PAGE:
As garden shrubs Buddlejas are essentially 20th-century plants, with the exception of B. globosa which was introduced to Britain from southern Chile in 1774 and disseminated from the nursery of Lee and Kennedy, Hammersmith. Several species are popular garden plants, the species are commonly known as 'butterfly bushes' owing to their attractiveness to butterflies, and have become staples of the modern butterfly garden; they are also attractive to bees and moths.

The most popular cultivated species is Buddleja davidii from central China, named for the French Basque missionary and naturalist Père Armand David. Other common garden species include the aforementioned B. globosa, grown for its strongly honey-scented orange globular inflorescences, and the weeping Buddleja alternifolia. Several interspecific hybrids have been made. Some species commonly escape from the garden. B. davidii in particular is a great coloniser of dry open ground; in urban areas in the United Kingdom, it often self-sows on waste ground or old masonry, where it grows into a dense thicket, and is listed as an invasive species in many areas.

Popular garden cultivars include 'Royal Red' (reddish-purple flowers), 'Black Knight' (very dark purple), 'Sungold' (golden yellow), and 'Pink Delight' (pure pink). In recent years, much breeding work has been undertaken to create small, more compact buddlejas, such as 'Blue Chip' which reach no more than 0.6–0.9 m tall, and which are also seed sterile, an important consideration in the USA where B. davidii and its cultivars are banned from many states owing to their invasiveness.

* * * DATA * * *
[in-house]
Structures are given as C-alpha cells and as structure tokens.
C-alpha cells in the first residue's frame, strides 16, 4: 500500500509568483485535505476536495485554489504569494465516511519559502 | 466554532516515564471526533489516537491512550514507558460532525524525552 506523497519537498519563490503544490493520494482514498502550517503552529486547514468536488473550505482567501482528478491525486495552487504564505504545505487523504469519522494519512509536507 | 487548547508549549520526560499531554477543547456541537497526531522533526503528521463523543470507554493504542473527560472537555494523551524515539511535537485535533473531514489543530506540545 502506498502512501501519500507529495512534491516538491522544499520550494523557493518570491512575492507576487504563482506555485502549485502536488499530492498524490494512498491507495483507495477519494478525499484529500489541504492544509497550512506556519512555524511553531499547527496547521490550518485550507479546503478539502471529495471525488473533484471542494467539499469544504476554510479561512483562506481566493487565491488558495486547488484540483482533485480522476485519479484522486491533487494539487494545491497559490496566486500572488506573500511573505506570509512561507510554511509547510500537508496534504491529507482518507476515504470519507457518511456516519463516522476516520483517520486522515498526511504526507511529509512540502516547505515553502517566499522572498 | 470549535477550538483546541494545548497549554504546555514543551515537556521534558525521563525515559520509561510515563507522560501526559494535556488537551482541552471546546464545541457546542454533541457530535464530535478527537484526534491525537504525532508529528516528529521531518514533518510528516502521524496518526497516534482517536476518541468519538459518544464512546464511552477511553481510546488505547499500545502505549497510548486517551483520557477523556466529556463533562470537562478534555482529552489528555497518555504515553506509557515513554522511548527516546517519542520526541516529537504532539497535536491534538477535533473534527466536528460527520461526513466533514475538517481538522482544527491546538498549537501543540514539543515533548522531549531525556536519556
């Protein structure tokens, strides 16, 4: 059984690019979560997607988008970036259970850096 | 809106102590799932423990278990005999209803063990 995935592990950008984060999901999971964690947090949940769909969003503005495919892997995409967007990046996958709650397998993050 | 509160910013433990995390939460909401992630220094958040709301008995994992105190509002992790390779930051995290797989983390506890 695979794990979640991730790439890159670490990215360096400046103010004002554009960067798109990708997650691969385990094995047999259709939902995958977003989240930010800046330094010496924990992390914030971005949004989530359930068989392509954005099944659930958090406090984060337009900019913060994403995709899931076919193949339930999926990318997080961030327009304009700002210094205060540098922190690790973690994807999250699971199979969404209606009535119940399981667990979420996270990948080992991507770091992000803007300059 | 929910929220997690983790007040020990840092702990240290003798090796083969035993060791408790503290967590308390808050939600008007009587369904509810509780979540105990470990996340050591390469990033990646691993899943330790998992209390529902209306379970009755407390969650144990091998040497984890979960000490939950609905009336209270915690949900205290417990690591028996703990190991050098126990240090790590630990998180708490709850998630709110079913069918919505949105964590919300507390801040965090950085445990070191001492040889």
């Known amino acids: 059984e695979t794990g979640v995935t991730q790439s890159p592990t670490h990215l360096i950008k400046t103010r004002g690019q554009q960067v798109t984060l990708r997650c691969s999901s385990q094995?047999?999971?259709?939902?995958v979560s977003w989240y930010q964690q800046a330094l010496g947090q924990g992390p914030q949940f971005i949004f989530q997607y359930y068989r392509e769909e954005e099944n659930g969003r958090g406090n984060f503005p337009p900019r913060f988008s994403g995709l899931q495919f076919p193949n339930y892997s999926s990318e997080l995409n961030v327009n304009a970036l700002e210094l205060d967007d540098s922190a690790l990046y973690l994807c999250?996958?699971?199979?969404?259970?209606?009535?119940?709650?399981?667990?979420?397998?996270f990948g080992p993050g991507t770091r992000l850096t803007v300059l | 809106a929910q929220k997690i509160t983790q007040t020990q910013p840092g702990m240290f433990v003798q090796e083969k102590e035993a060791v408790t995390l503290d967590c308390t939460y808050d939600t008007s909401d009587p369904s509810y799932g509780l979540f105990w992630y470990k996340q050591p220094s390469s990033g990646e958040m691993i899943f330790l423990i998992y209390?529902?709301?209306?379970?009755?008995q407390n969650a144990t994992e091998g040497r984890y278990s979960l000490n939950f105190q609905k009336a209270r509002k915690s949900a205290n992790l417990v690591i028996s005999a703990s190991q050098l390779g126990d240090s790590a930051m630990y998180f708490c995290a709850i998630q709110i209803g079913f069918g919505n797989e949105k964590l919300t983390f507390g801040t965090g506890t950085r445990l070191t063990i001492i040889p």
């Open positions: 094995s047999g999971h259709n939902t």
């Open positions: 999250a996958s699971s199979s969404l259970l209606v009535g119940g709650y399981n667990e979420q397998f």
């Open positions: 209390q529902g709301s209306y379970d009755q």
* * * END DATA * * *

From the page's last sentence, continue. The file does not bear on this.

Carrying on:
Join me for Floral Friday Fotos by linking your flower photos below, and please leave a comment once you have done so.
If you take part in the meme, please show an active link back to this site on your own blog post!

Thursday, 14 April 2016

FFF230 - MILTONIA

Miltonia, abbreviated Milt. in the horticultural trade, is an orchid genus formed by nine epiphyte species and eight natural hybrids inhabitants of the Brazilian Atlantic Forest, one species reaching the northeast of Argentina and east of Paraguay. This genus was established by John Lindley in 1837, when he described its type species, Miltonia spectabilis.